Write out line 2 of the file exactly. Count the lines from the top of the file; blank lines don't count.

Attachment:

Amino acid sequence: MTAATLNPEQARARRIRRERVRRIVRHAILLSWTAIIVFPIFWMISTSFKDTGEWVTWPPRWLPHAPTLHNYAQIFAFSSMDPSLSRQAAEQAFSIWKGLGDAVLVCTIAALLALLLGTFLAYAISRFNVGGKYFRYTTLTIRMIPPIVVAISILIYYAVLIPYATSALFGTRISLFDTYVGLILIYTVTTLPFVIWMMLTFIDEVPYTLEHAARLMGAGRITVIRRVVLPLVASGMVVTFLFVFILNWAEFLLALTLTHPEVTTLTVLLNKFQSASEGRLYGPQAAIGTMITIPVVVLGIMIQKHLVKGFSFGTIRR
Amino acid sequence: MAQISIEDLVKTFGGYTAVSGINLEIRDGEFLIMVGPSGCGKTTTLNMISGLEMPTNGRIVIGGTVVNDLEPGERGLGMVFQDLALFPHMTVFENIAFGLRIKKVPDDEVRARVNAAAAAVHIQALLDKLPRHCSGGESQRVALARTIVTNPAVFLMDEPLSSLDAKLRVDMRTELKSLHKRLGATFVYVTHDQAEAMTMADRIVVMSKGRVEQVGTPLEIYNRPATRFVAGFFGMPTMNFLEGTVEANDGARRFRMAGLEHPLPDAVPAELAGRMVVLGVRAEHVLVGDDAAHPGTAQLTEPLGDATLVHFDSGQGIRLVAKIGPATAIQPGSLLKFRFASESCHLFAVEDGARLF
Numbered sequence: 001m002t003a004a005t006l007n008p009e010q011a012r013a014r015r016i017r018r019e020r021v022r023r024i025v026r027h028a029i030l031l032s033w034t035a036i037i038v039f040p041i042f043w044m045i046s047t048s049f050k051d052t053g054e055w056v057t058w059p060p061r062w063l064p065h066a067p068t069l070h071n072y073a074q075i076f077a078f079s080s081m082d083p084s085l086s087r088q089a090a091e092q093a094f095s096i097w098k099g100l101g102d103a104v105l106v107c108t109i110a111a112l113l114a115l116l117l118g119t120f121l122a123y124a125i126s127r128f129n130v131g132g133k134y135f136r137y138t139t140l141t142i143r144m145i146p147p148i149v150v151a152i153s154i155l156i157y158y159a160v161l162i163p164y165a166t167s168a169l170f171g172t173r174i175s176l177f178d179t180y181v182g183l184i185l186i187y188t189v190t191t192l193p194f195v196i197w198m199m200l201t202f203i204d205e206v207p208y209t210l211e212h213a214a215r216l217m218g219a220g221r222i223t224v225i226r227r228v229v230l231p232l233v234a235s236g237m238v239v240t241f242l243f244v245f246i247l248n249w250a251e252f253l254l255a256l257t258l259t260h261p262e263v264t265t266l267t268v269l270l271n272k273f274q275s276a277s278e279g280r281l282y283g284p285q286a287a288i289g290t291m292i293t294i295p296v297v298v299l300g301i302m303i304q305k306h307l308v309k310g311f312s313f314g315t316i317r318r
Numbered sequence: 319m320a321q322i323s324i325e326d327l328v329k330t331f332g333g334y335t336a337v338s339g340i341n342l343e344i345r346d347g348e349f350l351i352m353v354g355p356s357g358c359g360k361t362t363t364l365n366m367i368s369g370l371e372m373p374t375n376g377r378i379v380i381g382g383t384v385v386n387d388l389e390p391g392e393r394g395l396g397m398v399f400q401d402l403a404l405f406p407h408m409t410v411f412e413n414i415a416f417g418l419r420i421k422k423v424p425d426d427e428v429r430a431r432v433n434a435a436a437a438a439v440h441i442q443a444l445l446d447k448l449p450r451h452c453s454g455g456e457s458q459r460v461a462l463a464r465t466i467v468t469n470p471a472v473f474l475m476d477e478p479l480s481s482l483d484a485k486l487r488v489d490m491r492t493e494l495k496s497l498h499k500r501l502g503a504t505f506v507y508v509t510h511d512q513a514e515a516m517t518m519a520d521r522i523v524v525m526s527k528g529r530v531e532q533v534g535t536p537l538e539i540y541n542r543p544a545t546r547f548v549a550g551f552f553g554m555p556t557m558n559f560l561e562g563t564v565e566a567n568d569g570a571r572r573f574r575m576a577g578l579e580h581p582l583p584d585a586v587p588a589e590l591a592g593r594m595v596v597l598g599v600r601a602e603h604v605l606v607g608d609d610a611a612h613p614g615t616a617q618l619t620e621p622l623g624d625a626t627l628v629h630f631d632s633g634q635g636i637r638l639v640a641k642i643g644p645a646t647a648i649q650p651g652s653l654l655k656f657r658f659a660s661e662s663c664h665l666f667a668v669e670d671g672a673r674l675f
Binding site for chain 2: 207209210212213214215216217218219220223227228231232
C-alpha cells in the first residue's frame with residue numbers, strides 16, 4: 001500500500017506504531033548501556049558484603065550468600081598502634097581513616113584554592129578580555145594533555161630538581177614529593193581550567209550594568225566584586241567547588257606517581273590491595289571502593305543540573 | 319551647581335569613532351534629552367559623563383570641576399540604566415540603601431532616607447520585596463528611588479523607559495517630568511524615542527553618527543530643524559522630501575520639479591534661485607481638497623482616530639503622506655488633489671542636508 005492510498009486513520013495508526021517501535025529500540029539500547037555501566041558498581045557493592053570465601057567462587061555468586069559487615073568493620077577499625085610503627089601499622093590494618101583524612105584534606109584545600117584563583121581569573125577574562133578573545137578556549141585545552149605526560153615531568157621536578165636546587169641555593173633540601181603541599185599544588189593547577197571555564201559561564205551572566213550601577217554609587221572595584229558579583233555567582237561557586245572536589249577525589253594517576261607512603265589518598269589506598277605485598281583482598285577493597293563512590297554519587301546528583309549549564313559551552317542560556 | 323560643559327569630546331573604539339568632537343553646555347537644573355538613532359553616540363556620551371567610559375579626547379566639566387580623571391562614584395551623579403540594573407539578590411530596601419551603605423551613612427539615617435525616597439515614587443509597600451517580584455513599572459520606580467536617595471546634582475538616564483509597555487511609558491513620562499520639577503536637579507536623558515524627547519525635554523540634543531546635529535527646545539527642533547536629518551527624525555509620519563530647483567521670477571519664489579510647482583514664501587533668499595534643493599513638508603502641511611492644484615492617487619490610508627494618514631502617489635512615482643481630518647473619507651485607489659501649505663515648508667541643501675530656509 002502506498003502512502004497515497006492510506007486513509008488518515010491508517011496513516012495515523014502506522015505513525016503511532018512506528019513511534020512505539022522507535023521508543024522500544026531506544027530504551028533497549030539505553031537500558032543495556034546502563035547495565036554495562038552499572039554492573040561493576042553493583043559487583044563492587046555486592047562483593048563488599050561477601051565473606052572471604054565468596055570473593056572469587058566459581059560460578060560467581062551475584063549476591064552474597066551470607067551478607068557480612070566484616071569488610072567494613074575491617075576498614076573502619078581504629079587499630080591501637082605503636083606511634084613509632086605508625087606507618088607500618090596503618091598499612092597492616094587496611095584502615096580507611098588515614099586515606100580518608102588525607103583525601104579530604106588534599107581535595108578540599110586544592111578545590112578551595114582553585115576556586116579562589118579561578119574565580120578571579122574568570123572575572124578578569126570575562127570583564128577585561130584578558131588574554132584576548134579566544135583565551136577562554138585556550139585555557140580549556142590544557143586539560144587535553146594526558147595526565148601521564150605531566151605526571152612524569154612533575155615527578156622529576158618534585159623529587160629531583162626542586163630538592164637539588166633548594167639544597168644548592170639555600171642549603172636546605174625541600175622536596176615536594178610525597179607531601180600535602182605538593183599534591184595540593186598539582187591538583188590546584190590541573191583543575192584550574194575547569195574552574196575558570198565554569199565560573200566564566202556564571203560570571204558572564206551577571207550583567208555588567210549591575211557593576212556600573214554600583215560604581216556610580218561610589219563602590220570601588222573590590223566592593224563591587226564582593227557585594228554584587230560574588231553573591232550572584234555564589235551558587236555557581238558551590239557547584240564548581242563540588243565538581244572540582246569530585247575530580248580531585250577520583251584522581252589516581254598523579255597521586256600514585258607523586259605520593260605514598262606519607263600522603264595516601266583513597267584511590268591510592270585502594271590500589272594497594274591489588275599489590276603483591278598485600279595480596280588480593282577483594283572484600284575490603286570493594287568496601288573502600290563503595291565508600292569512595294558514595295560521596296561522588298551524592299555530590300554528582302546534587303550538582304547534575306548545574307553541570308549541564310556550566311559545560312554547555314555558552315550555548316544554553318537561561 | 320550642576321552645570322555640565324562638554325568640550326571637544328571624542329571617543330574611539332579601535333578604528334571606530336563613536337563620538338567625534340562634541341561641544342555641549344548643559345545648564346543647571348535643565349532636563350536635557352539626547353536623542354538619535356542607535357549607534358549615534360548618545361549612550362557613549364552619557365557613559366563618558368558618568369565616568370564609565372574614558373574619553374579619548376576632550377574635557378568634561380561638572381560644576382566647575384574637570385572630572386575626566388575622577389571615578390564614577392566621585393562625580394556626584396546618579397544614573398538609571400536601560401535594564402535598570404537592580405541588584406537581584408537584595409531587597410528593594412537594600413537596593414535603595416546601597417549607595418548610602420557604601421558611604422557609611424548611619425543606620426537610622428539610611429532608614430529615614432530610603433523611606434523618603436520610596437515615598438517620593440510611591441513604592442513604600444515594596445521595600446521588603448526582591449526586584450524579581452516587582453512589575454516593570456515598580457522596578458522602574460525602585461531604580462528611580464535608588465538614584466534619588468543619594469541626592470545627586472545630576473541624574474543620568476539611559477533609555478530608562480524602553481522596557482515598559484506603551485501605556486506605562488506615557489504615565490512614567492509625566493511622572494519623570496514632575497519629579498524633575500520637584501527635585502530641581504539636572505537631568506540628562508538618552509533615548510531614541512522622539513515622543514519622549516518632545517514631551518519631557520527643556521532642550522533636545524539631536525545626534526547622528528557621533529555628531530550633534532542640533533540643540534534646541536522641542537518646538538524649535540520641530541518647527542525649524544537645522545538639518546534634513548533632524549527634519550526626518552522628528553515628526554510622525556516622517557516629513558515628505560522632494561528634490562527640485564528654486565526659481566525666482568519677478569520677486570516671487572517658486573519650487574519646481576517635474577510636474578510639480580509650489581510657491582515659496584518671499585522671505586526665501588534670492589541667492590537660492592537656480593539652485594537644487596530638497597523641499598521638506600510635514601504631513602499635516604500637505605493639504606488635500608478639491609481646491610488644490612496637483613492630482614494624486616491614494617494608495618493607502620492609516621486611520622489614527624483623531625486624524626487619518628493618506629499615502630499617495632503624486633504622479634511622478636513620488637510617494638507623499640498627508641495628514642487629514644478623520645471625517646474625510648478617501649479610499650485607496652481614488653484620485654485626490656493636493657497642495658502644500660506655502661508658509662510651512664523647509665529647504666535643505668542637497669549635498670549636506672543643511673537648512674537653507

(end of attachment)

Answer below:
Amino acid sequence: MAQISIEDLVKTFGGYTAVSGINLEIRDGEFLIMVGPSGCGKTTTLNMISGLEMPTNGRIVIGGTVVNDLEPGERGLGMVFQDLALFPHMTVFENIAFGLRIKKVPDDEVRARVNAAAAAVHIQALLDKLPRHCSGGESQRVALARTIVTNPAVFLMDEPLSSLDAKLRVDMRTELKSLHKRLGATFVYVTHDQAEAMTMADRIVVMSKGRVEQVGTPLEIYNRPATRFVAGFFGMPTMNFLEGTVEANDGARRFRMAGLEHPLPDAVPAELAGRMVVLGVRAEHVLVGDDAAHPGTAQLTEPLGDATLVHFDSGQGIRLVAKIGPATAIQPGSLLKFRFASESCHLFAVEDGARLF